How did the Battle of Harlem Heights affect the American Revolution?

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While it had no strategic effect on the overall conflict, the Battle of Harlem Heights did serve to significantly boost the morale of the Continental Army. The battle itself was not much more than a sustained skirmish between British forces under General William Howe and American forces under General George...

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While it had no strategic effect on the overall conflict, the Battle of Harlem Heights did serve to significantly boost the morale of the Continental Army. The battle itself was not much more than a sustained skirmish between British forces under General William Howe and American forces under General George Washington. Casualties on both sides were minimal, and both armies held the same grounds that they did before the engagement began. In fact, both sides claimed victory; although technically, it was an American victory, as they successfully repulsed the attacking British forces.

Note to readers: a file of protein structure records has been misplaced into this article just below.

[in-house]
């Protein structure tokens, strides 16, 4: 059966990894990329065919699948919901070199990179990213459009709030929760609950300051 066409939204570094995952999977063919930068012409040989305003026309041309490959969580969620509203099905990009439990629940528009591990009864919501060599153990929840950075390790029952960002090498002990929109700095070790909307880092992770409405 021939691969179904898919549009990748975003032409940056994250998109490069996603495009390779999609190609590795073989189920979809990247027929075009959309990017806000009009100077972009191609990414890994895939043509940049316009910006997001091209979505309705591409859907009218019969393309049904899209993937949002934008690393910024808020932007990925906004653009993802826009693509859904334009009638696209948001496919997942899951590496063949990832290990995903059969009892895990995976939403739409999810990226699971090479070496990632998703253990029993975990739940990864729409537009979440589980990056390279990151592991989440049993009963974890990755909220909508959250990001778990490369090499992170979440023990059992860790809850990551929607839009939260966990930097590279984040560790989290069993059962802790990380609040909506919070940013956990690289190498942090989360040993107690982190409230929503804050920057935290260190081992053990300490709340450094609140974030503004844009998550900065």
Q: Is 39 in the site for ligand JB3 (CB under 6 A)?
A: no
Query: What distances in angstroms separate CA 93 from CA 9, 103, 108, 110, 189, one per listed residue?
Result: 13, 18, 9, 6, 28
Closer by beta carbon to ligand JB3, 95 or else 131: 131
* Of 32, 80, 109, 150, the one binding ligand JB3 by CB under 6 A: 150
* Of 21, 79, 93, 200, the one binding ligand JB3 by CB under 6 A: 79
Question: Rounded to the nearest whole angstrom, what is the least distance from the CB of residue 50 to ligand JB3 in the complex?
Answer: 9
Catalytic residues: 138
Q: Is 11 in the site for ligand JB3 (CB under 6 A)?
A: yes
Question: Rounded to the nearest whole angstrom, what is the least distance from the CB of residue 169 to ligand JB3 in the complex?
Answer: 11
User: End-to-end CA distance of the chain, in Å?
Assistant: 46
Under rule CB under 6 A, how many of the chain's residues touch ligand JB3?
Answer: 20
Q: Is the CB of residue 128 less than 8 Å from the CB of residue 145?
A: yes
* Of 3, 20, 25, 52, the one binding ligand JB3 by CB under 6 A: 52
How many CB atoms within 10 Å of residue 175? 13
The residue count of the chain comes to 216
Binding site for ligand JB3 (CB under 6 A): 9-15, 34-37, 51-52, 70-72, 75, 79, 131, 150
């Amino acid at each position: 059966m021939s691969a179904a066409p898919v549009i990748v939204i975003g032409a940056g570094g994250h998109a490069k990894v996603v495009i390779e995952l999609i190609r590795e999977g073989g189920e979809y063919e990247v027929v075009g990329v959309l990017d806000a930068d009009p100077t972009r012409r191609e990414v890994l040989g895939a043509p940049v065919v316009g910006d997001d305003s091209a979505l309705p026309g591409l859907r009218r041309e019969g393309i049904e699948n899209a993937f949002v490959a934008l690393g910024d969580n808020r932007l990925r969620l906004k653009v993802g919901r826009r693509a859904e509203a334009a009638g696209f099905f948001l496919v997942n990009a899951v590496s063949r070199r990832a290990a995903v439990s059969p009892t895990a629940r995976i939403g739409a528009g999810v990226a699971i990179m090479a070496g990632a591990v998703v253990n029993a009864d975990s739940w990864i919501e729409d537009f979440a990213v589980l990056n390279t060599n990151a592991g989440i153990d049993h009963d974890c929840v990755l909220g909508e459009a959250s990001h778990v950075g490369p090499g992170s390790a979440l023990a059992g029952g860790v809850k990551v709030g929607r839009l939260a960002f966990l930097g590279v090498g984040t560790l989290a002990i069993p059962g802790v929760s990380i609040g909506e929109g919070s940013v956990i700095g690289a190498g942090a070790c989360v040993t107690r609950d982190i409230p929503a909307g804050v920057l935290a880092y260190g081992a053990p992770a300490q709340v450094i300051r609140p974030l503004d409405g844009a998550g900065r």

What is significant is that this engagement took place after a series of humiliating defeats for the Continental Army, including the disastrous Battle of Brooklyn the previous month. Unlike those other battles, the Continental Army stood its ground and even pressed the fight for several hours against the British advanced lines. This served to boost the morale of the formerly disheartened American soldiers who had never experienced a battlefield success under General Washington before. It showed that the general was able and willing to take the fight to the British and knowledgeable enough to out-maneuver them. Washington himself noted that spirits among his troops greatly improved after the engagement.

So even though the Battle of Harlem Heights did not directly affect the outcome of the war, it gave the Continental Army the confidence it needed to continue the fight against the British. Furthermore, it let it be known that Washington was a capable military leader in the field.

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